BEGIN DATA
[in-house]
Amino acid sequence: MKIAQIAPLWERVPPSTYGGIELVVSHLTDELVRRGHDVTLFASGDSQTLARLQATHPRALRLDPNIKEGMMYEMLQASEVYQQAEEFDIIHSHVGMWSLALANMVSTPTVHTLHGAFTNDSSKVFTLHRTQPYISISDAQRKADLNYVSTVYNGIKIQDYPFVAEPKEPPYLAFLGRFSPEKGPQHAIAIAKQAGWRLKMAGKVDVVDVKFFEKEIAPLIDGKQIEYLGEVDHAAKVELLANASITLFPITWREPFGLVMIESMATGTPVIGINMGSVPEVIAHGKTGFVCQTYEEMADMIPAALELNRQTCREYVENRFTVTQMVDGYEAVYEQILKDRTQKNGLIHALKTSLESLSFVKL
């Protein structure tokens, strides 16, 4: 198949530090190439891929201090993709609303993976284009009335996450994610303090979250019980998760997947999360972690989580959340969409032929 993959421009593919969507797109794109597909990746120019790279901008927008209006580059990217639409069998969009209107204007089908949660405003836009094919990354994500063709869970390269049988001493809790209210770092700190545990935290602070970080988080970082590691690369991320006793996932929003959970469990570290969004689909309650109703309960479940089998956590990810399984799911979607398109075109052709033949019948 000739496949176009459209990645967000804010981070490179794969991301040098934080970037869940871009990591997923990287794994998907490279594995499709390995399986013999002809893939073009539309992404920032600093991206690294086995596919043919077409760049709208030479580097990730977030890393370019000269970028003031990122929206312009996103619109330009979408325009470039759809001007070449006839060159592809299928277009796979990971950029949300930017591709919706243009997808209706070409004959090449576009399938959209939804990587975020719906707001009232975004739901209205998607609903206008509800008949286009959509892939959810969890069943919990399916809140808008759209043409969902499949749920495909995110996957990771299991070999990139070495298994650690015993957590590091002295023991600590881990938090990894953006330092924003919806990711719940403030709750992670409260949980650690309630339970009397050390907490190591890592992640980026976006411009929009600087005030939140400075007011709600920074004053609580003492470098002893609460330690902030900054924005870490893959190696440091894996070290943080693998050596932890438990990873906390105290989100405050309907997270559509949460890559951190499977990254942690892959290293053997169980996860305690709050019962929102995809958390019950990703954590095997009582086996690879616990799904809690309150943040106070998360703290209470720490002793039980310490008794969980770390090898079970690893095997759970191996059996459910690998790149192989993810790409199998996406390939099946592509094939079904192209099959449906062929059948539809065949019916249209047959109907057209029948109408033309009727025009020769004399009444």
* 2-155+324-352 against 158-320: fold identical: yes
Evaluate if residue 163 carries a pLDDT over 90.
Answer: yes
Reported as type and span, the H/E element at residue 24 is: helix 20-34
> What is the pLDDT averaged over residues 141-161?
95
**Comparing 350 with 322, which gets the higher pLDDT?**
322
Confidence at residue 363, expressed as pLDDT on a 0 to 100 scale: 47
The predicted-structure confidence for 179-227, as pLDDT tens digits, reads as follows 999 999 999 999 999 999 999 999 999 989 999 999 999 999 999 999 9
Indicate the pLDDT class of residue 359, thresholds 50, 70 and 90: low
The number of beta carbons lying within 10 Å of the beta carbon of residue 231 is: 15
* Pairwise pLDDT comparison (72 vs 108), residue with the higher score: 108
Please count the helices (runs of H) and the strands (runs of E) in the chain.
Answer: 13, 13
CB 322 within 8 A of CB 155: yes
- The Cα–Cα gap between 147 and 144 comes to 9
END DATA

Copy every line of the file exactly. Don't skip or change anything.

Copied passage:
[in-house]
Amino acid sequence: MKIAQIAPLWERVPPSTYGGIELVVSHLTDELVRRGHDVTLFASGDSQTLARLQATHPRALRLDPNIKEGMMYEMLQASEVYQQAEEFDIIHSHVGMWSLALANMVSTPTVHTLHGAFTNDSSKVFTLHRTQPYISISDAQRKADLNYVSTVYNGIKIQDYPFVAEPKEPPYLAFLGRFSPEKGPQHAIAIAKQAGWRLKMAGKVDVVDVKFFEKEIAPLIDGKQIEYLGEVDHAAKVELLANASITLFPITWREPFGLVMIESMATGTPVIGINMGSVPEVIAHGKTGFVCQTYEEMADMIPAALELNRQTCREYVENRFTVTQMVDGYEAVYEQILKDRTQKNGLIHALKTSLESLSFVKL
């Protein structure tokens, strides 16, 4: 198949530090190439891929201090993709609303993976284009009335996450994610303090979250019980998760997947999360972690989580959340969409032929 993959421009593919969507797109794109597909990746120019790279901008927008209006580059990217639409069998969009209107204007089908949660405003836009094919990354994500063709869970390269049988001493809790209210770092700190545990935290602070970080988080970082590691690369991320006793996932929003959970469990570290969004689909309650109703309960479940089998956590990810399984799911979607398109075109052709033949019948 000739496949176009459209990645967000804010981070490179794969991301040098934080970037869940871009990591997923990287794994998907490279594995499709390995399986013999002809893939073009539309992404920032600093991206690294086995596919043919077409760049709208030479580097990730977030890393370019000269970028003031990122929206312009996103619109330009979408325009470039759809001007070449006839060159592809299928277009796979990971950029949300930017591709919706243009997808209706070409004959090449576009399938959209939804990587975020719906707001009232975004739901209205998607609903206008509800008949286009959509892939959810969890069943919990399916809140808008759209043409969902499949749920495909995110996957990771299991070999990139070495298994650690015993957590590091002295023991600590881990938090990894953006330092924003919806990711719940403030709750992670409260949980650690309630339970009397050390907490190591890592992640980026976006411009929009600087005030939140400075007011709600920074004053609580003492470098002893609460330690902030900054924005870490893959190696440091894996070290943080693998050596932890438990990873906390105290989100405050309907997270559509949460890559951190499977990254942690892959290293053997169980996860305690709050019962929102995809958390019950990703954590095997009582086996690879616990799904809690309150943040106070998360703290209470720490002793039980310490008794969980770390090898079970690893095997759970191996059996459910690998790149192989993810790409199998996406390939099946592509094939079904192209099959449906062929059948539809065949019916249209047959109907057209029948109408033309009727025009020769004399009444």
* 2-155+324-352 against 158-320: fold identical: yes
Evaluate if residue 163 carries a pLDDT over 90.
Answer: yes
Reported as type and span, the H/E element at residue 24 is: helix 20-34
> What is the pLDDT averaged over residues 141-161?
95
**Comparing 350 with 322, which gets the higher pLDDT?**
322
Confidence at residue 363, expressed as pLDDT on a 0 to 100 scale: 47
The predicted-structure confidence for 179-227, as pLDDT tens digits, reads as follows 999 999 999 999 999 999 999 999 999 989 999 999 999 999 999 999 9
Indicate the pLDDT class of residue 359, thresholds 50, 70 and 90: low
The number of beta carbons lying within 10 Å of the beta carbon of residue 231 is: 15
* Pairwise pLDDT comparison (72 vs 108), residue with the higher score: 108
Please count the helices (runs of H) and the strands (runs of E) in the chain.
Answer: 13, 13
CB 322 within 8 A of CB 155: yes
- The Cα–Cα gap between 147 and 144 comes to 9